CMOS multimodal sensor based lab-on-a-chip system for personalized bio-imaging diagnosis
Date of Issue2015
School of Electrical and Electronic Engineering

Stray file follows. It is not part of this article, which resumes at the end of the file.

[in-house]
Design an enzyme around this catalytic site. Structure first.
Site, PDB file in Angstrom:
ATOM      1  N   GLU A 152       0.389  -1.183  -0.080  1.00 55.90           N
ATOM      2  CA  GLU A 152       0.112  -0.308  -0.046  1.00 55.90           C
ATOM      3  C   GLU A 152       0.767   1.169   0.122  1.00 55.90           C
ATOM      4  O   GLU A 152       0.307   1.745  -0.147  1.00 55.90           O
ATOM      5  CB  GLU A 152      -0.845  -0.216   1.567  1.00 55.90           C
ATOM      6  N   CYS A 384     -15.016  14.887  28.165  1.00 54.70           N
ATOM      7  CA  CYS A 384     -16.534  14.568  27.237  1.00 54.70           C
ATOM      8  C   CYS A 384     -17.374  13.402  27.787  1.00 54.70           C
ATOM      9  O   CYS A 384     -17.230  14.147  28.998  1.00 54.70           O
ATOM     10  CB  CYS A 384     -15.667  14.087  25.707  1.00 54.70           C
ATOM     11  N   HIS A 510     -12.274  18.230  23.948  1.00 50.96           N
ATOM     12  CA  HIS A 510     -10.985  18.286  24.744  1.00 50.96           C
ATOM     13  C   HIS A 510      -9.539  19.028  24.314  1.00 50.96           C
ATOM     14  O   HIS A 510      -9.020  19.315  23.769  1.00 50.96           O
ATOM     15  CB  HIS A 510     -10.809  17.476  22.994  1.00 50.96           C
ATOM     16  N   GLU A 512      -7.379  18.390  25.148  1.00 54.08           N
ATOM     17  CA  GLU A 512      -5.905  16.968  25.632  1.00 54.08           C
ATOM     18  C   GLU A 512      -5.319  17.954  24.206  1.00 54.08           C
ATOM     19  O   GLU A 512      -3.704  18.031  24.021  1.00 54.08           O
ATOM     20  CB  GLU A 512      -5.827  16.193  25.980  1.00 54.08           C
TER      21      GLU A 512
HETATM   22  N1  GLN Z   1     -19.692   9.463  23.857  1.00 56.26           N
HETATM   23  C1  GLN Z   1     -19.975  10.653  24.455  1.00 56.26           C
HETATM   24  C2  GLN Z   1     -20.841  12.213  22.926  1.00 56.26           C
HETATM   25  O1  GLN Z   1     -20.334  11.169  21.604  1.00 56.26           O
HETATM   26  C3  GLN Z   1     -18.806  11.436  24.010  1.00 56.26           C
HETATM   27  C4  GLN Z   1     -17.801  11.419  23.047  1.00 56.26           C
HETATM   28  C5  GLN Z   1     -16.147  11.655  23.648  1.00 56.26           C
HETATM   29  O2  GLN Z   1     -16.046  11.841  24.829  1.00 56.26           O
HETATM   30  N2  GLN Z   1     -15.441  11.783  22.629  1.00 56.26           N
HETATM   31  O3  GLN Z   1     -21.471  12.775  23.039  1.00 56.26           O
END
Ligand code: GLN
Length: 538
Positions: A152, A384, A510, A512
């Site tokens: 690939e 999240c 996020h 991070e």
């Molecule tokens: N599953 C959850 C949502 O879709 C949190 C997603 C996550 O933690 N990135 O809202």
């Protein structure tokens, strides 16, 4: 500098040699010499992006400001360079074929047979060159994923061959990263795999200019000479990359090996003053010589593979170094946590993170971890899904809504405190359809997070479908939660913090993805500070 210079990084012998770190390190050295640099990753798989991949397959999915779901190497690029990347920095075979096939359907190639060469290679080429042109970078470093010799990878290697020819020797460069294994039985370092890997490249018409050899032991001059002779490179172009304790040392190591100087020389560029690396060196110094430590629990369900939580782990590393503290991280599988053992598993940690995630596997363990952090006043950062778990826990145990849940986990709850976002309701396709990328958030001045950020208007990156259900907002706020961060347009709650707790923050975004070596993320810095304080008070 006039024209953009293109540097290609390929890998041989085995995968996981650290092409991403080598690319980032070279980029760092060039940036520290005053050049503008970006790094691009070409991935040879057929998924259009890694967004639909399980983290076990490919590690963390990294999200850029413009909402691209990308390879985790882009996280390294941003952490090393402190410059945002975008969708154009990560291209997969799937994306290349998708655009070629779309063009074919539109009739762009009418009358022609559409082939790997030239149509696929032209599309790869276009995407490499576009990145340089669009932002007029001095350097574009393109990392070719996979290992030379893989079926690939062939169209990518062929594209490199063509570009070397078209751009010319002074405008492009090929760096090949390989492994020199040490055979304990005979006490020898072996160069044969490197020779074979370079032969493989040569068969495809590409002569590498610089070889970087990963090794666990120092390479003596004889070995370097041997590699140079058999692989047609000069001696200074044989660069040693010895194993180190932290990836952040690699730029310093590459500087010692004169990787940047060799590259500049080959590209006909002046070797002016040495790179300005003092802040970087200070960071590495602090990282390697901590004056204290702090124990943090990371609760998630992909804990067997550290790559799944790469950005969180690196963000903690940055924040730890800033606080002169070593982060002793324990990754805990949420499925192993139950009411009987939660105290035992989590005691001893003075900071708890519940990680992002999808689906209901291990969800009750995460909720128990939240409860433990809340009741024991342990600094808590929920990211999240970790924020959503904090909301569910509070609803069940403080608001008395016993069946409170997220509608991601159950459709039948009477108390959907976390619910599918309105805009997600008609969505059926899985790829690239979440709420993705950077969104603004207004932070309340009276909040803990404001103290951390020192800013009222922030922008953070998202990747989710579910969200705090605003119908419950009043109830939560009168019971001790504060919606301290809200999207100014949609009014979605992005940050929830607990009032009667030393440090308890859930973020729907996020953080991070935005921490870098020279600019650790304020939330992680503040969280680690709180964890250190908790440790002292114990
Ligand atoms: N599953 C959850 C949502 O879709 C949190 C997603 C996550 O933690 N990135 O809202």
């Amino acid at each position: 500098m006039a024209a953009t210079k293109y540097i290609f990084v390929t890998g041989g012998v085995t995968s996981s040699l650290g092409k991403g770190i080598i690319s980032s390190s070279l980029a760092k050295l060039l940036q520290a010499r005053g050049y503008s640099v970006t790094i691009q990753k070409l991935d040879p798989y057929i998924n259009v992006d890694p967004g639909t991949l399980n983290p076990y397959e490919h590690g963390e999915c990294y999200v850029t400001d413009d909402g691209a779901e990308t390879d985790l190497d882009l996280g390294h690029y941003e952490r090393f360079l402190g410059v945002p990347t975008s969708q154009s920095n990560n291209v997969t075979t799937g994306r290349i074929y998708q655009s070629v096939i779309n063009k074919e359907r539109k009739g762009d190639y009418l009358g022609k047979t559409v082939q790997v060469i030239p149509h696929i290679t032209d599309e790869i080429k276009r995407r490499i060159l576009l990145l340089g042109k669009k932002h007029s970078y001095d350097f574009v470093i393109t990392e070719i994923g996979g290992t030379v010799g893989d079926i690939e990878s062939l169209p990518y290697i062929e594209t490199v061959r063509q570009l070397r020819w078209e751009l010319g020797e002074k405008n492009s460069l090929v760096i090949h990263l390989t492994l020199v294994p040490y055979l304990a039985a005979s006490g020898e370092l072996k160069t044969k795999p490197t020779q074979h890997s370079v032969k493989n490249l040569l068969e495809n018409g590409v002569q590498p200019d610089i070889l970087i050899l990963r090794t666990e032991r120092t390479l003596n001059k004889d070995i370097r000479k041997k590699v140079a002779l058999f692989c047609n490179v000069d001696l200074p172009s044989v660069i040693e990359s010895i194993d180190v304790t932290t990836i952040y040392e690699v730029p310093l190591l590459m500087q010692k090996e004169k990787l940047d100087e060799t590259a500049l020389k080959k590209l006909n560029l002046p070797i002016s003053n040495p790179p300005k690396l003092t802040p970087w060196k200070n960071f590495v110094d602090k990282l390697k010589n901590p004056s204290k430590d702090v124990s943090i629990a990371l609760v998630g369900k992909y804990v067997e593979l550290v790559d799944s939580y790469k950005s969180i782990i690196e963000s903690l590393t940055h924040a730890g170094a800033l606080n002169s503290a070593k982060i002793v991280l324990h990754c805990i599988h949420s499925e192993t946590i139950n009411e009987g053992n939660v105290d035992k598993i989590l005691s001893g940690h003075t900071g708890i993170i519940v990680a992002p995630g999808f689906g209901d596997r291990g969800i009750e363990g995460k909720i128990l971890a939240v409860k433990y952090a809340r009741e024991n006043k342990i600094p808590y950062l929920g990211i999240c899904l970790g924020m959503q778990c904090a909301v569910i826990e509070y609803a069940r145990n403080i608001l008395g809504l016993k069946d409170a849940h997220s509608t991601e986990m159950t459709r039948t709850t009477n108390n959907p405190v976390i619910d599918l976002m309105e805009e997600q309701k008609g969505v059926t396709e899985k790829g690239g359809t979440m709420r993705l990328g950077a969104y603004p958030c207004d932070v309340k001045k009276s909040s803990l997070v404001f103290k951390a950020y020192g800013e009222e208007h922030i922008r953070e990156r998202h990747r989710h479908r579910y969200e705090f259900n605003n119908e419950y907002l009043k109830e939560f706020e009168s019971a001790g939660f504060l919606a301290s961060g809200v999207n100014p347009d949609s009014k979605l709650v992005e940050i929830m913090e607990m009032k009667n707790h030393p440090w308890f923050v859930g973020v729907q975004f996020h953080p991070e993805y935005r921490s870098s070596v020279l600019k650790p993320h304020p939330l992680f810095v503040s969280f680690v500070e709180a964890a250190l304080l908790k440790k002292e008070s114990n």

The world population is rapidly ageing with proportion of people aged 60-year-old and over, growing faster than any other age groups. Considering the current aging society, there is an emerging need to develop the future diagnosis with portable biomedical devices by bio-instrument miniaturization. The recent development of lab-on-a-chip (LOC) technology has provided a promising integration platform of microfluidic channels, microelectromechanical systems (MEMS), and sensors, which allow non-invasive and near-field sensing functions. The standard complimentary metal-oxide semiconductor (CMOS) process allows a low-cost system-on-chip solution to integrate sensors from multiple domains, which has raised many new design challenges. In this thesis, we have particularly studied the CMOS multimodal sensor for LOC integrated bio-imaging diagnosis system, including: 1) CMOS (capacitive-micromachined-ultrasonic-transducer) CMUT sensor for non-invasive ultrasound imaging towards the glaucoma diagnosis; 2) CMOS (ion-sensitive-field-effect-transistor) ISFET sensor for ion imaging towards the DNA sequencing application; and 3) CMOS optical sensor for microfluidic contact imaging towards the cell detection, recognition, and counting application. We will illustrate the need and application of the three corresponding bio-imaging diagnosis methods as well as design problems addressed when being miniaturized, which can be summarized as follows. Firstly, we illustrate one device-level design work using the example of ultrasound imaging. A two-channel analog front-end (AFE) IC for interfacing multi-channel high frequency CMUT array is developed with three-dimensional high resolution imaging capability for glaucoma diagnosis. The main challenge is the process integration between MEMS array and CMOS readout circuit, where flip-chip bonding is deployed. With the use of 30V high-voltage 0.18μm Bipolar-CMOS-DMOS (BCD) technology, the proposed AFE IC cell is designed to consist of two high-voltage (HV) pulsers in the transmit path, and a shared single low-noise pre-amplifier in the receiver path for area reduction. The electrical functionality of the proposed AFE IC is characterized in which the HV pulser generates a delay of 16.2ns between the 33ns input trigger pulse and the HV output pulse while driving the load capacitance of 43pF from 0 to 30V. And the low-noise preamplifier achieves over 60dBΩ transimpedance gain with 27.5pA/sqrt(Hz) input refereed noise current at 35MHz. A successful pulse-echo acoustic testing is also demonstrated with the developed AFE IC that integrates the CMUT sample in an oil-immersed environment. Secondly, we discuss one circuit-level design work using the example of ion imaging. A 64×64 1200fps dual-mode CMOS ion-image sensor is demonstrated with suppressed fixed-pattern-noise (FPN) for accurate high-throughput DNA sequencing. The main challenge of the traditional ISFET-based ion imaging is lack of faulty pH value detection. In this work, we show the solution by pruning sensed data with reference from multi-domain. A dual-mode ISFET sensor is developed, including pH sensing from chemical domain as well as image sensing from optical domain. An ISFET with standard 4T-CMOS image sensor (CIS) pixel structure is proposed and fabricated in standard 0.18μm 1P6M CIS process. After addressing physical locations of DNA slices determined by the optical contact imaging, local pH value of one DNA slice can be mapped to its physical address with the accurate correlation, which can significantly improve the DNA sequencing accuracy. Moreover, pixel-to-pixel ISFET threshold voltage mismatch or FPN is reduced by a correlated double sampling (CDS) readout circuit structure that supports both image and pH modes for large-array and high-throughput application. Measurement results show a sensitivity of 103.8mV/pH and FPN reduction from 4% to 0.3% with a readout speed of 1200fps. Lastly, we present one system-level design work using the example of microfluidic contact imaging. A microfluidic contact imaging system has been developed with poly-dimethylsiloxane (PDMS) microfluidic channel integrated on top of CMOS image sensor for flowing cell detection, recognition and counting. The main challenge of such a lensless microfluidic system is how to improve spatial resolution because of no optical lens. To resolve the raw spatial resolution limitation from pixel size, an extreme-learning-machine based single-frame super-resolution processing (ELM-SR) is proposed that can recover high-frequency loss in detected cell contacting images such that flowing cells can be still distinguished for counting. The prototyped lensless microfluidic system obtains less than 8% counting error for absolute number of microbeads; and 0.10 coefficient of variation for cell-ratio measurement of mixed RBC and HepG2 cells in solution. In this thesis, we have shown a thorough study to explore multimodal CMOS sensors in LOC towards the portable personalized bio-imaging diagnosis system, which could pave the way towards a variety of personalized diagnosis applications such as: 1) CMOS ultrasound sensor for non-invasive human body scanning; 2) CMOS dual-mode ion sensor for portable DNA sequencing; and 3) CMOS contact imaging sensor for point-of-care blood cell tests. Note that the primary novelty of this thesis is the design of CMOS ISFET ion-image sensor (published in IEEE Symposium on VLSI Circuits 2014). As a conclusion, the CMOS multimodal sensor based LOC system has been shown with the great potential to provide the future personalized e-healthcare solution for the coming aging society.